Date of Degree
PhD (Doctor of Philosophy)
This dissertation is a case study of the dissemination and circulation of Japanese popular cultures in the U.S., specifically focusing on the collective reception practices of individuals who identify as fans of Japanese animation, comic books, and video games. The key questions driving this project are: what difference does it make that young Americans are consuming popular cultures that are 1) international in origin and 2) specifically Japanese in origin? To answer these questions I carried out ethnographic research - such as subject interviews, questionnaires, and participant observation - to understand the significance of young adults' interest in Japanese animation and comic book works (usually referred to as "anime" and "manga," respectively). In response to my ethnographic investigation of U.S. fans' practices and experiences, I argue that many young Americans use their practices of consuming and circulating these international popular cultures to transform their immediate social landscapes, and therefore, their social and national identities as well. I also draw on methodologies from a variety of disciplines, pairing ethnographic fieldwork practices with audience reception and fandom studies, transnational media studies, and book studies approaches in order make connections between the social, cultural, performative, and national dimensions of Japanese popular culture fandom in the U.S.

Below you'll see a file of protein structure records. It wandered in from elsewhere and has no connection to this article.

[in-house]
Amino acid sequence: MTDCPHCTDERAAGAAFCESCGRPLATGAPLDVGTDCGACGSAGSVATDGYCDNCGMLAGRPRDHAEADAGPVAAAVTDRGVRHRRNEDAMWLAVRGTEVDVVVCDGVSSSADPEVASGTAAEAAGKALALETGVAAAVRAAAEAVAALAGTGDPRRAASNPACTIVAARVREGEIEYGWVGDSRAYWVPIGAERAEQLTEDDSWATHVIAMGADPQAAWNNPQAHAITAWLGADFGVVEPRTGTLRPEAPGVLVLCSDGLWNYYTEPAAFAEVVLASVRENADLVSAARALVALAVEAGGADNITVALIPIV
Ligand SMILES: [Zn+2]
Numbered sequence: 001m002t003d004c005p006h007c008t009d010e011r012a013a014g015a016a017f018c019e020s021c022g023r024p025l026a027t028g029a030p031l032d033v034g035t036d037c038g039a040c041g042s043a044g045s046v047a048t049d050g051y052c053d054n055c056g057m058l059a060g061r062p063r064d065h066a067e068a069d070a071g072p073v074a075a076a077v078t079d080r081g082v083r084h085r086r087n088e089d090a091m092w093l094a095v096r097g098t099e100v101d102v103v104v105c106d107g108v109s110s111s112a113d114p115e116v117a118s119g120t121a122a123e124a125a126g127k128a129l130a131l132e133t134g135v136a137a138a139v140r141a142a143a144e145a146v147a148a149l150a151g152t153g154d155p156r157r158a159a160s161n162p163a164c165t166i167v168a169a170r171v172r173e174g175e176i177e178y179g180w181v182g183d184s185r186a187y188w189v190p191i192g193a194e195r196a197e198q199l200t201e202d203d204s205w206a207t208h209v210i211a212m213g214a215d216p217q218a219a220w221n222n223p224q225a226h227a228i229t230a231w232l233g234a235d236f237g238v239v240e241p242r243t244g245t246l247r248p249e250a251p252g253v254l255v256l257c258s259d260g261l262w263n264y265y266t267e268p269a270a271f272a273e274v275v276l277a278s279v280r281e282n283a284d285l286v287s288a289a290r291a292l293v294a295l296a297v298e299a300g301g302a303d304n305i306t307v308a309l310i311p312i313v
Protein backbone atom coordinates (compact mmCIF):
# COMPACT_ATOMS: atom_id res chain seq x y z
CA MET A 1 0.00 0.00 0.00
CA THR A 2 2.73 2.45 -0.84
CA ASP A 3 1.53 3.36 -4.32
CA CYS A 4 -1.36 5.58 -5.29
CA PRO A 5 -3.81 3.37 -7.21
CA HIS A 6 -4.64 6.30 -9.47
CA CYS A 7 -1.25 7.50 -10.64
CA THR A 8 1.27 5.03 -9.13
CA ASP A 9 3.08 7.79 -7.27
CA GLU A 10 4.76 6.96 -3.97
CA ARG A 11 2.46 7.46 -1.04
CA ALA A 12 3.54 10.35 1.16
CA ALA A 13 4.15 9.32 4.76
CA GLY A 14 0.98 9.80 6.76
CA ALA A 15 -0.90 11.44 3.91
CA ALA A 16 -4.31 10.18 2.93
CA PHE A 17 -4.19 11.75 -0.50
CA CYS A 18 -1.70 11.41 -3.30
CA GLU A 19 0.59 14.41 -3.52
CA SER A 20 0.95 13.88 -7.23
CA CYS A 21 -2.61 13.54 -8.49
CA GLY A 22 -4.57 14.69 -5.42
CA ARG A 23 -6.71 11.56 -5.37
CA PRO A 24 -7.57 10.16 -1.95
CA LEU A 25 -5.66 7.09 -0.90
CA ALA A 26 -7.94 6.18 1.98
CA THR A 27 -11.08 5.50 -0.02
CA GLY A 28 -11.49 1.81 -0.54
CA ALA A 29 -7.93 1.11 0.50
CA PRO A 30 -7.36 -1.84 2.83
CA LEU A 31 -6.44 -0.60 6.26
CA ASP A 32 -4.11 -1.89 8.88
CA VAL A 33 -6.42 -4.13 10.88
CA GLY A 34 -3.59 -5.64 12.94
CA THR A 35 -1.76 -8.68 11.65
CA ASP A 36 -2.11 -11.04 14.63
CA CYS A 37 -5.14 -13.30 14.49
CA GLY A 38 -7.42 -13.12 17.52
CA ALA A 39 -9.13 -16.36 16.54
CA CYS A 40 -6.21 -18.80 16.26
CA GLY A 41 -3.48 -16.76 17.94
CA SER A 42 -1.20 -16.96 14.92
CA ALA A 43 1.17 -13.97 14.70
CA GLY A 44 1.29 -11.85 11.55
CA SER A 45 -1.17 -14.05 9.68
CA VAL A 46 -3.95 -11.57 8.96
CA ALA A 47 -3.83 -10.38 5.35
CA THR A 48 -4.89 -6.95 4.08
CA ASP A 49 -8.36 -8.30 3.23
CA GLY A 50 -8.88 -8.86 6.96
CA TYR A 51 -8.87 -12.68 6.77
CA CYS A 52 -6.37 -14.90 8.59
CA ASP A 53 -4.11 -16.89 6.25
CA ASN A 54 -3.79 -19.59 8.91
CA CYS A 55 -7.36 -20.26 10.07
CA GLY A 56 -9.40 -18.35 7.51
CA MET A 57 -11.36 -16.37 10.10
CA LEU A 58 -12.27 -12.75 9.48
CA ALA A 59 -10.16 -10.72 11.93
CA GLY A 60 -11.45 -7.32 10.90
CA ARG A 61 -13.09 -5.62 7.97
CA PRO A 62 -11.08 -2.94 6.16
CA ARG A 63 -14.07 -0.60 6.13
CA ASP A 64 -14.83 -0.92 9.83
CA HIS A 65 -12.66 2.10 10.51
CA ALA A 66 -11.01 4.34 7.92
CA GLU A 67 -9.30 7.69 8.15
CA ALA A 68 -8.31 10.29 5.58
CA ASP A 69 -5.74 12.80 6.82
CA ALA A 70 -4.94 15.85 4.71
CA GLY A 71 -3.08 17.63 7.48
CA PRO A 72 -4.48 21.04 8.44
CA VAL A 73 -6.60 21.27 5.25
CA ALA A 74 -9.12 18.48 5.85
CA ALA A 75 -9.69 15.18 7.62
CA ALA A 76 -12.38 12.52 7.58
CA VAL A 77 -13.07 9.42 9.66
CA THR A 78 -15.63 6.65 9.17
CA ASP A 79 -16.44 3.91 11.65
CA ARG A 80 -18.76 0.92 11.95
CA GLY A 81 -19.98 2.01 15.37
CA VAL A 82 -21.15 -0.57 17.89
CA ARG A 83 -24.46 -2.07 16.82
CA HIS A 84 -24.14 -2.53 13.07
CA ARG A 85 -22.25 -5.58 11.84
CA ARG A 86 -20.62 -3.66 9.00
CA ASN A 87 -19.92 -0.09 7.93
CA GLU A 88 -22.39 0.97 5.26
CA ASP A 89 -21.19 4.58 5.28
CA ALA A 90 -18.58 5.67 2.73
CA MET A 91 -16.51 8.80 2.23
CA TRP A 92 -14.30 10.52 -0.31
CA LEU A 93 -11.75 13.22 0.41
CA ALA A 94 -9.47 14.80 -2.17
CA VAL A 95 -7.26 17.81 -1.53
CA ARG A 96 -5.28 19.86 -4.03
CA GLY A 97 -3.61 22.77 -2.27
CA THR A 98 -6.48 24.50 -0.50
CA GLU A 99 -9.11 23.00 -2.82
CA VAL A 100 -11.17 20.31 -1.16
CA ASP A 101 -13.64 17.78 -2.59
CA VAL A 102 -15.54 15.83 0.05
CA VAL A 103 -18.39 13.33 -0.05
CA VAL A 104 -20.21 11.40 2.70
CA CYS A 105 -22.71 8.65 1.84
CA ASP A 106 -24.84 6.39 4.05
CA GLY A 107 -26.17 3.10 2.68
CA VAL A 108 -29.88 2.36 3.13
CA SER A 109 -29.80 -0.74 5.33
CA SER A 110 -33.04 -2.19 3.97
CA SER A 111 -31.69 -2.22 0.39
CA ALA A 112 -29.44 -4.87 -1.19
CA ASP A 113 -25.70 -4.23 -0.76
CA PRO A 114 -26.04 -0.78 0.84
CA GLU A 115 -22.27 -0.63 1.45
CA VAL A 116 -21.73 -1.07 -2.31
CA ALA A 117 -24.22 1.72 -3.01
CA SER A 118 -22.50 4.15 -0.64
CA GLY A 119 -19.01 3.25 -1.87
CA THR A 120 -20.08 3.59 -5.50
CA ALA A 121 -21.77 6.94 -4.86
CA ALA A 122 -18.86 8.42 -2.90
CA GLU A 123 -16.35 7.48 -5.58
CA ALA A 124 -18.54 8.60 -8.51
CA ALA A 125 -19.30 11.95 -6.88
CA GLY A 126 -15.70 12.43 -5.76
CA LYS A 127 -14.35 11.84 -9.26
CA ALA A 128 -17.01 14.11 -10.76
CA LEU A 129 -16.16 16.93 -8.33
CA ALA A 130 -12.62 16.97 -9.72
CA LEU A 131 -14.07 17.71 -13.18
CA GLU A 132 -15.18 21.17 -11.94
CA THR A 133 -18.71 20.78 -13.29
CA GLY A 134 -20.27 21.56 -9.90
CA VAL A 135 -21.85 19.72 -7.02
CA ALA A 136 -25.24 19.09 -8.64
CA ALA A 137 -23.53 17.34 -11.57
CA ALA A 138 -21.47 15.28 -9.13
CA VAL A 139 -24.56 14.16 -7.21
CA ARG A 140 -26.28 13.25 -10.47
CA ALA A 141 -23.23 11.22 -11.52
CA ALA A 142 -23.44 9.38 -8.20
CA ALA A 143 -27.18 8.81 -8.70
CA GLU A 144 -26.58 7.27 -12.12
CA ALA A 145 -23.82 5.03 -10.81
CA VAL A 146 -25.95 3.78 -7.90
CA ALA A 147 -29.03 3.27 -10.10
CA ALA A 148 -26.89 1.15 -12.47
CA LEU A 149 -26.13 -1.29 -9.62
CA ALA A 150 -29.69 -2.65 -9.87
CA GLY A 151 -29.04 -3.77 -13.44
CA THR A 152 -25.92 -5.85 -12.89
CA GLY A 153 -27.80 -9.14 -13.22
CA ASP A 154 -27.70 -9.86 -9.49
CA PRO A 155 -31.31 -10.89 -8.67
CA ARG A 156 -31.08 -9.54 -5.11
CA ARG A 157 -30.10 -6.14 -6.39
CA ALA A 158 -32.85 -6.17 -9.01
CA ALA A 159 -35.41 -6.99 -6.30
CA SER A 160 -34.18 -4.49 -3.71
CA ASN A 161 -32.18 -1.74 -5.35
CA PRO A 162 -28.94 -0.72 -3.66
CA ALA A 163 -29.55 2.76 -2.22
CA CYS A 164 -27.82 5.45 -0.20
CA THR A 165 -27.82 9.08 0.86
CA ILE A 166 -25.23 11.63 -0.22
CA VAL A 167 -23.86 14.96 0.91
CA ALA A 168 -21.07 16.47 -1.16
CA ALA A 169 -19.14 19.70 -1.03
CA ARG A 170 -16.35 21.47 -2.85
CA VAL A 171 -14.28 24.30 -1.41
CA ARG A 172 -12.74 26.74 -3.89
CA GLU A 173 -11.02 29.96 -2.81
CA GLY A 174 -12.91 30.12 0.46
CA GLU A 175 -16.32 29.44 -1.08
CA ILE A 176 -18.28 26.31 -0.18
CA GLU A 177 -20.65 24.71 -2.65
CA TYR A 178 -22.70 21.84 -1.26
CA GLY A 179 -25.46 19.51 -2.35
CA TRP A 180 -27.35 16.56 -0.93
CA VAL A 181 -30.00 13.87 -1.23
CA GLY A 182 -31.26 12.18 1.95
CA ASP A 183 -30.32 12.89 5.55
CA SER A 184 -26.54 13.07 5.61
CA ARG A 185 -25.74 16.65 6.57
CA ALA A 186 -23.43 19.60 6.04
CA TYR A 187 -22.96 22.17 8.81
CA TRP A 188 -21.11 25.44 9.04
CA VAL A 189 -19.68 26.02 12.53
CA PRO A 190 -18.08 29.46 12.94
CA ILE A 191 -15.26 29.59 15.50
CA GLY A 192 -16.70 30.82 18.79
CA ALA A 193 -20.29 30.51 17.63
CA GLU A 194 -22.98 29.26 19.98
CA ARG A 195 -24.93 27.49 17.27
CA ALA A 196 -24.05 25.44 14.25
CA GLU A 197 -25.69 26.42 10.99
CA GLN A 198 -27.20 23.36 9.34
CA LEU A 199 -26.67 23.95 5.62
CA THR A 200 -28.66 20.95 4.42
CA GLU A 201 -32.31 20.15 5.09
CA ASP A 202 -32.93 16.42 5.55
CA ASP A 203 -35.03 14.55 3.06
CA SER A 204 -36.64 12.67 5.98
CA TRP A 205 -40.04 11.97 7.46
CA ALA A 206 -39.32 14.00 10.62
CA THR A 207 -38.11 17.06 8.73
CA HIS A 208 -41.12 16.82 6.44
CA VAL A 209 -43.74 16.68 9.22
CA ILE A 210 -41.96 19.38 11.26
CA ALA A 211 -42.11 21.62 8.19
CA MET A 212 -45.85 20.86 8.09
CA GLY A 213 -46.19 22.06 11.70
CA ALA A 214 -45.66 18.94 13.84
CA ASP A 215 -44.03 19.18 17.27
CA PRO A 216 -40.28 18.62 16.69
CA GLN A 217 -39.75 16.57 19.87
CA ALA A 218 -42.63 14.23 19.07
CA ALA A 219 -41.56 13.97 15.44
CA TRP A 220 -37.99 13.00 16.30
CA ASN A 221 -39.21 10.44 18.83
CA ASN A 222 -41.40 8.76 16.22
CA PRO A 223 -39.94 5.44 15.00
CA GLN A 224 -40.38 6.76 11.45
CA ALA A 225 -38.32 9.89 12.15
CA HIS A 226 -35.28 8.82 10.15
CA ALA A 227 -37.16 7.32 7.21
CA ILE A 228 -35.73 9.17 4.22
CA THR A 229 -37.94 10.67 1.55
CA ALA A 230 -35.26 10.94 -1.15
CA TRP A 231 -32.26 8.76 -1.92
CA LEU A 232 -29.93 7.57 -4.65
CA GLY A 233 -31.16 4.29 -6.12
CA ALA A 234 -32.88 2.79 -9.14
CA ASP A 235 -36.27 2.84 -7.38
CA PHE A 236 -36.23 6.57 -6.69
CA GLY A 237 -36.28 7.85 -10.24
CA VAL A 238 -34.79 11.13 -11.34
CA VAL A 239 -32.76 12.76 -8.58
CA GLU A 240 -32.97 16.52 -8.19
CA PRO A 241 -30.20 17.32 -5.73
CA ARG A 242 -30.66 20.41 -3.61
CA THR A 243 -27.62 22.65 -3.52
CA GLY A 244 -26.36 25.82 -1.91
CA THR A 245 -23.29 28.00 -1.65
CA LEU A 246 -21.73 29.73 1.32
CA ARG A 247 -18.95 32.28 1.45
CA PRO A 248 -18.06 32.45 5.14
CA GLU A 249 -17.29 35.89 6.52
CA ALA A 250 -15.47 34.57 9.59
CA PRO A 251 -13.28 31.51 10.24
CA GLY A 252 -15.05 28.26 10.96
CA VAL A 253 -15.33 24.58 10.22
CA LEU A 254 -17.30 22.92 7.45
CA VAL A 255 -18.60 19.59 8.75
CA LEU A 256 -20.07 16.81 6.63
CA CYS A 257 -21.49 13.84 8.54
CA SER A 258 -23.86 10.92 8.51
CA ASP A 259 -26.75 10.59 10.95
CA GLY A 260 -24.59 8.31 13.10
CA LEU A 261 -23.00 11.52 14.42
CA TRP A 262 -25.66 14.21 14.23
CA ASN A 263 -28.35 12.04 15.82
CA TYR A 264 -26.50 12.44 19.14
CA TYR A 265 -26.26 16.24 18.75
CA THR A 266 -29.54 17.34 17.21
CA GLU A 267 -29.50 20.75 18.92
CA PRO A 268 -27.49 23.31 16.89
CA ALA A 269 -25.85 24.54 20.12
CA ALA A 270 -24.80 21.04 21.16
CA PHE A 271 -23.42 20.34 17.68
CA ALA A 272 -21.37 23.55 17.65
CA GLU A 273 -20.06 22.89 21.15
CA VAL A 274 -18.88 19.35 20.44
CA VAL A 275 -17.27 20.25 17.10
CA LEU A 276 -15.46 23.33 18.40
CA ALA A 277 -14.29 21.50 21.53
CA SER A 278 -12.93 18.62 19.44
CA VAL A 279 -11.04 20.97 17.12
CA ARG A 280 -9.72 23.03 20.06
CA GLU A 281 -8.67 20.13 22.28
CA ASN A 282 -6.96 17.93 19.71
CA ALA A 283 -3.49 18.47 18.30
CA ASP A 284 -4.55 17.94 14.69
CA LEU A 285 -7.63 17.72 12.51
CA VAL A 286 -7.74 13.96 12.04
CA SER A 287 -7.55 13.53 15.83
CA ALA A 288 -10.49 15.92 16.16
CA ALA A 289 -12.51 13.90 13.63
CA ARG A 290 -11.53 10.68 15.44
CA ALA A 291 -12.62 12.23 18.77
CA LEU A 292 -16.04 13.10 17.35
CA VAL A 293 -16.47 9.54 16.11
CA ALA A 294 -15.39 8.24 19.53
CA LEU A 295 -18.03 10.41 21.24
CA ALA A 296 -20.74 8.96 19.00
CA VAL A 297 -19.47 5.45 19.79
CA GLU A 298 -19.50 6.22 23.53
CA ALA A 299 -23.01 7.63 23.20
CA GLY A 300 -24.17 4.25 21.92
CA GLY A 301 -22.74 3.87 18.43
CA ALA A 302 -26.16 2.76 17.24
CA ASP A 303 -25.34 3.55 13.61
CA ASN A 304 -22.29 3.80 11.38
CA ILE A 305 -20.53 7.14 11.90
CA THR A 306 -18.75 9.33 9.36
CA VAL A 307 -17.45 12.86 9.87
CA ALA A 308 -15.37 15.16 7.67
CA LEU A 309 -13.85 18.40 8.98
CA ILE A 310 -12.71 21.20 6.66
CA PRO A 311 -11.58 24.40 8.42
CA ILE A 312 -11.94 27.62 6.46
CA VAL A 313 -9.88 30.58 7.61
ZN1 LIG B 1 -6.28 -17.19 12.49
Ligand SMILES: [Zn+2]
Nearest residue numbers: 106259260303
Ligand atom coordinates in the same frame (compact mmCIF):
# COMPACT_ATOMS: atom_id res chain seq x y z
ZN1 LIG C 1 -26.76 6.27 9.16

In addition to exploring subjects' relationship to the texts they consume, I also target the embodied spaces and processes by which Japanese popular culture is actually circulated and experienced by local U.S. audience groups. In doing so, I strive to follow the "digital life" Japanese popular culture has taken in its jump to English-language translation world-wide and the significant role fans have played in facilitating unofficial flows of Japanese popular culture through specific translation practices. I examine the scholarly and fandom struggle over ideological questions of the "authenticity" and "Americanization" of adaptations of Japanese media in the North American marketplace, as well as the struggle between fans and official adapters to assert forms of ownership over these representations. Such struggles involve these groups' often conflicting practices of adaptation, translation, and circulation of these cultures.
This research adds an important dimension to current scholarship on cultural manifestations of globalization and so-called "Americanization" processes as I show how commodities from outside the U.S. are first received by U.S. audiences and then transformed through this audience's participatory engagement with the production and circulation of these works in the English language. As such, this research engages with key issues of cultural transmission, translation, practices of media localization, transnational flows, and identity formation and fandom.
anime, fandom, globalization, localization, manga, translation
viii, 278 pages
Includes bibliographical references (pages 262-270).
Copyright 2011 Danielle Leigh Rich